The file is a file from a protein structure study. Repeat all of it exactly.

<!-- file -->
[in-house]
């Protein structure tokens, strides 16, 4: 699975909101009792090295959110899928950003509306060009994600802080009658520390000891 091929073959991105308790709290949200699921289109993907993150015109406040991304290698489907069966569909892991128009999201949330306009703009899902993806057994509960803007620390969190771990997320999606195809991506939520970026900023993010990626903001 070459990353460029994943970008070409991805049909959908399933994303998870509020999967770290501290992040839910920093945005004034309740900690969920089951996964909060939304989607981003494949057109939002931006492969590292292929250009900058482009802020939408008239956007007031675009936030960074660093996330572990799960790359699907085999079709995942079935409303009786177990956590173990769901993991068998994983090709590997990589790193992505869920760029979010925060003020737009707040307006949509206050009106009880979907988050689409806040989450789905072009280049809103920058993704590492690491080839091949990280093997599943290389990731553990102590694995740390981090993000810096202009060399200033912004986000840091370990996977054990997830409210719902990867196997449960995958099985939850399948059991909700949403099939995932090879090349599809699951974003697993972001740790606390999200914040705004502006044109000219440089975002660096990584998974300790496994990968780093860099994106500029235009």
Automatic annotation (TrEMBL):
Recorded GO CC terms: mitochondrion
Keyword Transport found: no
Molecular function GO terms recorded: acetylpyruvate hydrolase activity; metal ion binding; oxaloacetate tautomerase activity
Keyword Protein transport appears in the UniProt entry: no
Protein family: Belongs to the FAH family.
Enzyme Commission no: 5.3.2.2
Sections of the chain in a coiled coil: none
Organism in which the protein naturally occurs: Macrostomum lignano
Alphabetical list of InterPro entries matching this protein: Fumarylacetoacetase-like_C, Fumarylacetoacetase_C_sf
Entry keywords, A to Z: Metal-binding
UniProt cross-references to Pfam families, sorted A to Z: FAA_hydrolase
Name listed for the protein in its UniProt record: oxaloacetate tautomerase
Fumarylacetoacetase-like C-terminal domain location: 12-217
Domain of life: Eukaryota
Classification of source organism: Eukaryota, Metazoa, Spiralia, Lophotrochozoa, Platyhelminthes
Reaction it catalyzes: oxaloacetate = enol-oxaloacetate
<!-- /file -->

[in-house]
């Protein structure tokens, strides 16, 4: 699975909101009792090295959110899928950003509306060009994600802080009658520390000891 091929073959991105308790709290949200699921289109993907993150015109406040991304290698489907069966569909892991128009999201949330306009703009899902993806057994509960803007620390969190771990997320999606195809991506939520970026900023993010990626903001 070459990353460029994943970008070409991805049909959908399933994303998870509020999967770290501290992040839910920093945005004034309740900690969920089951996964909060939304989607981003494949057109939002931006492969590292292929250009900058482009802020939408008239956007007031675009936030960074660093996330572990799960790359699907085999079709995942079935409303009786177990956590173990769901993991068998994983090709590997990589790193992505869920760029979010925060003020737009707040307006949509206050009106009880979907988050689409806040989450789905072009280049809103920058993704590492690491080839091949990280093997599943290389990731553990102590694995740390981090993000810096202009060399200033912004986000840091370990996977054990997830409210719902990867196997449960995958099985939850399948059991909700949403099939995932090879090349599809699951974003697993972001740790606390999200914040705004502006044109000219440089975002660096990584998974300790496994990968780093860099994106500029235009």
Automatic annotation (TrEMBL):
Recorded GO CC terms: mitochondrion
Keyword Transport found: no
Molecular function GO terms recorded: acetylpyruvate hydrolase activity; metal ion binding; oxaloacetate tautomerase activity
Keyword Protein transport appears in the UniProt entry: no
Protein family: Belongs to the FAH family.
Enzyme Commission no: 5.3.2.2
Sections of the chain in a coiled coil: none
Organism in which the protein naturally occurs: Macrostomum lignano
Alphabetical list of InterPro entries matching this protein: Fumarylacetoacetase-like_C, Fumarylacetoacetase_C_sf
Entry keywords, A to Z: Metal-binding
UniProt cross-references to Pfam families, sorted A to Z: FAA_hydrolase
Name listed for the protein in its UniProt record: oxaloacetate tautomerase
Fumarylacetoacetase-like C-terminal domain location: 12-217
Domain of life: Eukaryota
Classification of source organism: Eukaryota, Metazoa, Spiralia, Lophotrochozoa, Platyhelminthes
Reaction it catalyzes: oxaloacetate = enol-oxaloacetate